I'm brewing to keg for the first time, finally. I am planning to force carbonate and was wondering: Are there was any steps I need to take to stop any active yeast before putting it in the keg and gassing it up? Is this even something I need to worry about?

It will have been fermenting about two weeks before going into the keg.

1 Answer 1


You can just put it in the keg, no need to do anything with the yeast. After two weeks, a regular strength beer will have fermented out, so there's little CO2 going to be produced.

Even if there were some CO2 produced, it takes time for the forced carbonation to enter solution, so any additional co2 from the yeast just contributes to the pressure in the headspace which is then topped up to your target psi by the co2 tank. Any co2 from the yeast simply means you use a fraction less co2 from the tank, but it's a small amount and not worth worrying about.

Stopping the yeast would not be good for the beer, since it's needed to condition and improve the beer. After two weeks, the beer is still pretty green - another couple of weeks with the small amount of yeast in suspension cleans up the beer.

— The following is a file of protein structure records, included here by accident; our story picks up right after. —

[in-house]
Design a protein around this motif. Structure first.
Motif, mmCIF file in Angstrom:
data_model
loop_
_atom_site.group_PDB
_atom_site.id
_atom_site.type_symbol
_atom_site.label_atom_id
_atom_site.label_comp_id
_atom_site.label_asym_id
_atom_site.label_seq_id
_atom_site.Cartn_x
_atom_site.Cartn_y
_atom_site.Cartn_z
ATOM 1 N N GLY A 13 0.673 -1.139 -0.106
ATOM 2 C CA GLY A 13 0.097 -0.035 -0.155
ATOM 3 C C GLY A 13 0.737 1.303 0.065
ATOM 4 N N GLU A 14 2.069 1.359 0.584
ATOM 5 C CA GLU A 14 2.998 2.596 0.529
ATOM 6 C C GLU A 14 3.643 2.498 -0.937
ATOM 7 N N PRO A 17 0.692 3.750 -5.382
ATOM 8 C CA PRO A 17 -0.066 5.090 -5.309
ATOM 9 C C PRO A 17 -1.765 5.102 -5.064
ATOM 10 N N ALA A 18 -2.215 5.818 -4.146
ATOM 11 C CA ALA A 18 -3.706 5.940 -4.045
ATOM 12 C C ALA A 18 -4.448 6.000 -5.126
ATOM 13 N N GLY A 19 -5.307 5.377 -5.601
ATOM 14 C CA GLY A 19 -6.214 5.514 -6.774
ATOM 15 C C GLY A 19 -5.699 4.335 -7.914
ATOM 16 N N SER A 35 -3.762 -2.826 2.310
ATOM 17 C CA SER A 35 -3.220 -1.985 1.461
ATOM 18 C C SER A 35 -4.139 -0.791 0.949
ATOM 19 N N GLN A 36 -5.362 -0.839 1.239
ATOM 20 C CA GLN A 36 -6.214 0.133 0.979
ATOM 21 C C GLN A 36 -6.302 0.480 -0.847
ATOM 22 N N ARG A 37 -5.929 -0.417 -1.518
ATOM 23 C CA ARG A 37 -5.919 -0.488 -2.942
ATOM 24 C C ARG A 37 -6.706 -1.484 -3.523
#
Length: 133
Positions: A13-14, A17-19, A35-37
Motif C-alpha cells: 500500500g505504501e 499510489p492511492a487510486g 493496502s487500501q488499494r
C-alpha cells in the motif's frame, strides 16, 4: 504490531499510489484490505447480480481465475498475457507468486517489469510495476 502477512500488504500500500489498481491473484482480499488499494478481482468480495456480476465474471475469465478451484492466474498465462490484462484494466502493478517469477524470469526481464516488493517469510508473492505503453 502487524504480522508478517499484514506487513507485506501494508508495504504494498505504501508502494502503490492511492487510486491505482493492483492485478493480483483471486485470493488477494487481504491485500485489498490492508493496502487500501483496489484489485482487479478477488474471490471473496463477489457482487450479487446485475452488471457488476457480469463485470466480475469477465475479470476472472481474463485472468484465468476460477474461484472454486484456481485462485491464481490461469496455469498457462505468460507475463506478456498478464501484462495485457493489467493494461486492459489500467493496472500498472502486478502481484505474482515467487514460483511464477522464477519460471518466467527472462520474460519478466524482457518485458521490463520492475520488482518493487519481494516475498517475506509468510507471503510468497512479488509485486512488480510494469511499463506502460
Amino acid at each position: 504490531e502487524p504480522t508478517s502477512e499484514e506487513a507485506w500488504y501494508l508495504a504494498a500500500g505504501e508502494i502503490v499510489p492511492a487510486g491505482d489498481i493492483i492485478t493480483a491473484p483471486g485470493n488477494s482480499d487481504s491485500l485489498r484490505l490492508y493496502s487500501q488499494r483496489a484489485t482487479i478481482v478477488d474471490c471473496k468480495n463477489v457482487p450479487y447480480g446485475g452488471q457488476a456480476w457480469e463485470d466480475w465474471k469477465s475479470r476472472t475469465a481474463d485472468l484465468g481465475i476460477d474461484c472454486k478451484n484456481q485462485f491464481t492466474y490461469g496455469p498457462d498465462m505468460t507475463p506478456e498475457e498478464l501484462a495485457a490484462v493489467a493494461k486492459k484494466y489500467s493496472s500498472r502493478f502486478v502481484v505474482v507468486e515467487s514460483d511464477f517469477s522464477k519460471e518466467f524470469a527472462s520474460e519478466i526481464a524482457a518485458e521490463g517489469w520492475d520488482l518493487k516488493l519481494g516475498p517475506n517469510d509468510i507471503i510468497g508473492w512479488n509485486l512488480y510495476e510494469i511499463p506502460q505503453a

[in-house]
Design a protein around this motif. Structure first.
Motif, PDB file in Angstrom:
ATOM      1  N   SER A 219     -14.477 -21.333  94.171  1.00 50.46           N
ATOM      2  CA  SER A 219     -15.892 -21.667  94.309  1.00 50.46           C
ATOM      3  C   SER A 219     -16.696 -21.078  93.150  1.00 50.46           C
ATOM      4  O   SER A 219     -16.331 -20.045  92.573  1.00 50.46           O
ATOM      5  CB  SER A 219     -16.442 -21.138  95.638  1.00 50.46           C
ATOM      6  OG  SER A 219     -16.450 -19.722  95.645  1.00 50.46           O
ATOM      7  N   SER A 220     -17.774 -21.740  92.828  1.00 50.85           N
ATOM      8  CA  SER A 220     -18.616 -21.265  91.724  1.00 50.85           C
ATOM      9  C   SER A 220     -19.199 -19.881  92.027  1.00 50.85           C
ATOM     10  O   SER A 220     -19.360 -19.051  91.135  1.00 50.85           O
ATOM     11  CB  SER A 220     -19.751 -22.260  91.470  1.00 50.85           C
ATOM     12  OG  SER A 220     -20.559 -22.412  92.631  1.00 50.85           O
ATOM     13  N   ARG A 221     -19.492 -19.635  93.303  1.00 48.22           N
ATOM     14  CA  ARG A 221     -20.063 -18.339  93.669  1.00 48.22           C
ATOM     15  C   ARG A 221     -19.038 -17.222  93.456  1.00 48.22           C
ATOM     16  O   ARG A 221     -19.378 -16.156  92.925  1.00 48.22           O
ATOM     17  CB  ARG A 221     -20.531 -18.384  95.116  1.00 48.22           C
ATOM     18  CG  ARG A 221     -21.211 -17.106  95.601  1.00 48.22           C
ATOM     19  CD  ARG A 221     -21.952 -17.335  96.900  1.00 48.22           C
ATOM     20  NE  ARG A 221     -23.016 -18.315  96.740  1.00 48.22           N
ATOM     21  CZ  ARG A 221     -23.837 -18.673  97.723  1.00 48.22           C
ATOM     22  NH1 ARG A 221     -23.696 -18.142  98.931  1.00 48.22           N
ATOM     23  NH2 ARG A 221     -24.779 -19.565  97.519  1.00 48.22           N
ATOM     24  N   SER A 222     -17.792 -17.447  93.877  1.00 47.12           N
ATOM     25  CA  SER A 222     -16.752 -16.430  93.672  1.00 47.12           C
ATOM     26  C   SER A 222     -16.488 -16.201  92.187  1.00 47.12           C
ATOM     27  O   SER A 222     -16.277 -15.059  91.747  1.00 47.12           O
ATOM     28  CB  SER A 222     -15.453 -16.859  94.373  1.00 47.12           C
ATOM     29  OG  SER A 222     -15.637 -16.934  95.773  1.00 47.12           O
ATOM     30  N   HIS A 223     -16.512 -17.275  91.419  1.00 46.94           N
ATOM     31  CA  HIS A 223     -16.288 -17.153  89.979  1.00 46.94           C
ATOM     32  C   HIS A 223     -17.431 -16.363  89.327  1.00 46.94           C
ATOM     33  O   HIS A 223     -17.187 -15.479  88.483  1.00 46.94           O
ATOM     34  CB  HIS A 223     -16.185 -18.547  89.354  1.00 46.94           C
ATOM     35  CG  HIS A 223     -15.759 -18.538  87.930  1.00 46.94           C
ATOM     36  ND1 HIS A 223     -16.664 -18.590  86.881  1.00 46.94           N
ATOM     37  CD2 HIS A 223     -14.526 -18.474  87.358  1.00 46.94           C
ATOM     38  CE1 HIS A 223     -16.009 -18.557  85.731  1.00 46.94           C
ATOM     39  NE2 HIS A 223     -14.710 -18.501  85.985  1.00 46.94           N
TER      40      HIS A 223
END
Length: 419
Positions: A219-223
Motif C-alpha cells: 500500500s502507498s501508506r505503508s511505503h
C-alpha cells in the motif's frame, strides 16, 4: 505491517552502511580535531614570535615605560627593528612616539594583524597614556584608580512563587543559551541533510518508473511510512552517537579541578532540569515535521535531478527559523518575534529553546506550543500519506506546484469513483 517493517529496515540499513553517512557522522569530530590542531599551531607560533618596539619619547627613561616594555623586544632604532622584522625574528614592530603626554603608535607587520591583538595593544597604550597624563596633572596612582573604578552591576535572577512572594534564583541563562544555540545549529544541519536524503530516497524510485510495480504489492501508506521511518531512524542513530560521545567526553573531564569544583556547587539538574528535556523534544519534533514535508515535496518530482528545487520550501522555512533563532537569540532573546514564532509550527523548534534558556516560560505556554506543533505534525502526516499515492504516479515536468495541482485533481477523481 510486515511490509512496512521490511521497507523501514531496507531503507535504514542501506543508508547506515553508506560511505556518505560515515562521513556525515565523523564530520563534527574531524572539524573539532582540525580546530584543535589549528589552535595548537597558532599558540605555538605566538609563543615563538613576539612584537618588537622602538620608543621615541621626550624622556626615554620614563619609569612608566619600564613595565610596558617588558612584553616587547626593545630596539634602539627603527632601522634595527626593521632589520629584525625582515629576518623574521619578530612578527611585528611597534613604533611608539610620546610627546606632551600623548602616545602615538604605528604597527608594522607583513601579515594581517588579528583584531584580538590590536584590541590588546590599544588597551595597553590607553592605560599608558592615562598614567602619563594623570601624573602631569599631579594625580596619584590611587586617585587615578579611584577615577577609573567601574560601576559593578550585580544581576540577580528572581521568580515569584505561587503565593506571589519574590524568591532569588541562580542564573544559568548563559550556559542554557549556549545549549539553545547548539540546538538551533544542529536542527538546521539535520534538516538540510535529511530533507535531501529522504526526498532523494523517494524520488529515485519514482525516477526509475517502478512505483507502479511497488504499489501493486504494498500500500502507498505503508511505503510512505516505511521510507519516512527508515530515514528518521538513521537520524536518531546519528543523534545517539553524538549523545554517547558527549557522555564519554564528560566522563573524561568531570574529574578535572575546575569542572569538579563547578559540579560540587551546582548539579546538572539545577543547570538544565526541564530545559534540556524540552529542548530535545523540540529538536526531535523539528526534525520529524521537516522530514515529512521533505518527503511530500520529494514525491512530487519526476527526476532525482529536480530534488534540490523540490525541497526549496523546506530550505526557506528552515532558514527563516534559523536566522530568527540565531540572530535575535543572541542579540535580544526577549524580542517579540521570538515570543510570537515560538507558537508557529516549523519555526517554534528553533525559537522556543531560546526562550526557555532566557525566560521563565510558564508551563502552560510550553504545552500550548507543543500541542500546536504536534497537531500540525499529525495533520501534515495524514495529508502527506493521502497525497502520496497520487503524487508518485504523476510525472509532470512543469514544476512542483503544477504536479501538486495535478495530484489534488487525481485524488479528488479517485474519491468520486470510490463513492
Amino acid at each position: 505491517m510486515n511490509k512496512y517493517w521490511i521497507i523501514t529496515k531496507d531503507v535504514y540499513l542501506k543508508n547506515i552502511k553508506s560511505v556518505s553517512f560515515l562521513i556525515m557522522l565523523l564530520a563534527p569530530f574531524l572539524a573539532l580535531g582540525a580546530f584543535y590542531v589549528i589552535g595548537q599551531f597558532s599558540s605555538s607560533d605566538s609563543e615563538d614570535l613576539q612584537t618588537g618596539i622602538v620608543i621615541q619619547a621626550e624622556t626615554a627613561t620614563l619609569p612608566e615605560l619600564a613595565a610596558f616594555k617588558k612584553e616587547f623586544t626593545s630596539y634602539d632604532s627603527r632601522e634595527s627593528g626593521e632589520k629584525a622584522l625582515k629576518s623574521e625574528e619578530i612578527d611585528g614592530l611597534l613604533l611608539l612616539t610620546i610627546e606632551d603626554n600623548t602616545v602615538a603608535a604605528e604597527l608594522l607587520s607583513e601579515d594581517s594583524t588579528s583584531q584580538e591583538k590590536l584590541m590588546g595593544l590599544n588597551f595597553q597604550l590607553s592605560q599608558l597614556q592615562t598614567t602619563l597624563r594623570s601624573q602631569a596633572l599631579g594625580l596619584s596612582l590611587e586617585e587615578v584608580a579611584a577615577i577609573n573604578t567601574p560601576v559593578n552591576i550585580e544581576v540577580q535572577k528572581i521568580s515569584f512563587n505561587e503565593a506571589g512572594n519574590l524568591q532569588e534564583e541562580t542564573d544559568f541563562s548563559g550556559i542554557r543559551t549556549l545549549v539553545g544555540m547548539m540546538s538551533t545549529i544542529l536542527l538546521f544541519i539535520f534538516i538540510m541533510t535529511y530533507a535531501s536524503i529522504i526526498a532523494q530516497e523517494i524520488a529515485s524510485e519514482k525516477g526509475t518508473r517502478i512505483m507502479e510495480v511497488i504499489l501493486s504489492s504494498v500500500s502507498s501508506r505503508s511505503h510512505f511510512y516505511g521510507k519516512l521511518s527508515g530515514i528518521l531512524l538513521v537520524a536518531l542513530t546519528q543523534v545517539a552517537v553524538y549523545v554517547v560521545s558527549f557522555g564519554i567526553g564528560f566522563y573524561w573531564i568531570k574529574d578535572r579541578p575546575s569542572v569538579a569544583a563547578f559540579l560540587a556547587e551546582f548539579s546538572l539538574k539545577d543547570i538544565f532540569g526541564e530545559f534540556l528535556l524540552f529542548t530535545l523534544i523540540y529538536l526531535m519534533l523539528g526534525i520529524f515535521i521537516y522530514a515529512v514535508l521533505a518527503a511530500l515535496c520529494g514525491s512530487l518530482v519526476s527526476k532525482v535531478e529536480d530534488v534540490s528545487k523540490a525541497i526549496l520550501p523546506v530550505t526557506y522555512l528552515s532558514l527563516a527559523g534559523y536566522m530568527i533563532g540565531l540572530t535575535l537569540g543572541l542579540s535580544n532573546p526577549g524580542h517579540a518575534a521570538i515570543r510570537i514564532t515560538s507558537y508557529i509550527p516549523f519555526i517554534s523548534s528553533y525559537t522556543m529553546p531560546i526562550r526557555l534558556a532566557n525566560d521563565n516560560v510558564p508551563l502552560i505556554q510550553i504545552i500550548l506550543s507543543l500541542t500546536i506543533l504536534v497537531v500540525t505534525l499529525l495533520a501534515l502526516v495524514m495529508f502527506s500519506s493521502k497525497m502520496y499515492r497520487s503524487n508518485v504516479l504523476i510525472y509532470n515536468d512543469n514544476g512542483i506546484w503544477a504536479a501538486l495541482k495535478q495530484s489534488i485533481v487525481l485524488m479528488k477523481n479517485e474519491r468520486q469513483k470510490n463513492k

• I like to wait until the beer has mostly clarified before putting it in the keg. This helps reduce the amount of trub in the first pull from the keg. Apr 26, 2012 at 5:46
  • Hilarious. I LITERALLY just came here to ask this and this was the top question. I have a strong IPA, doing my first secondary (usually a long primary) and it's still kicking a bit 12+ days in. Didn't expect much fermentation in the secondary. Feel better about kegging it in another week now w/o it exploding!
    – goodytx
    Apr 26, 2012 at 15:42
  • anybody who worries about a keg exploding from residual fermentation isn't drinking often enough!
    – Dale
    Apr 26, 2012 at 19:59
  • hehe, yes, and they'd also be bending the laws of time and space since there isn't enough sugar in a regular 20 gallon batch to raise the pressure above 120 psi, and even then the pressure relief valve would open, so definitely no explosions, just maybe an unwelcome hiss!
    – mdma
    Apr 26, 2012 at 21:24
  • typo in the comment above, I mean a 5 gallon, not 20 gallon batch.
    – mdma
    May 16, 2012 at 19:25

Your Answer

By clicking “Post Your Answer”, you agree to our terms of service and acknowledge you have read our privacy policy.

Not the answer you're looking for? Browse other questions tagged or ask your own question.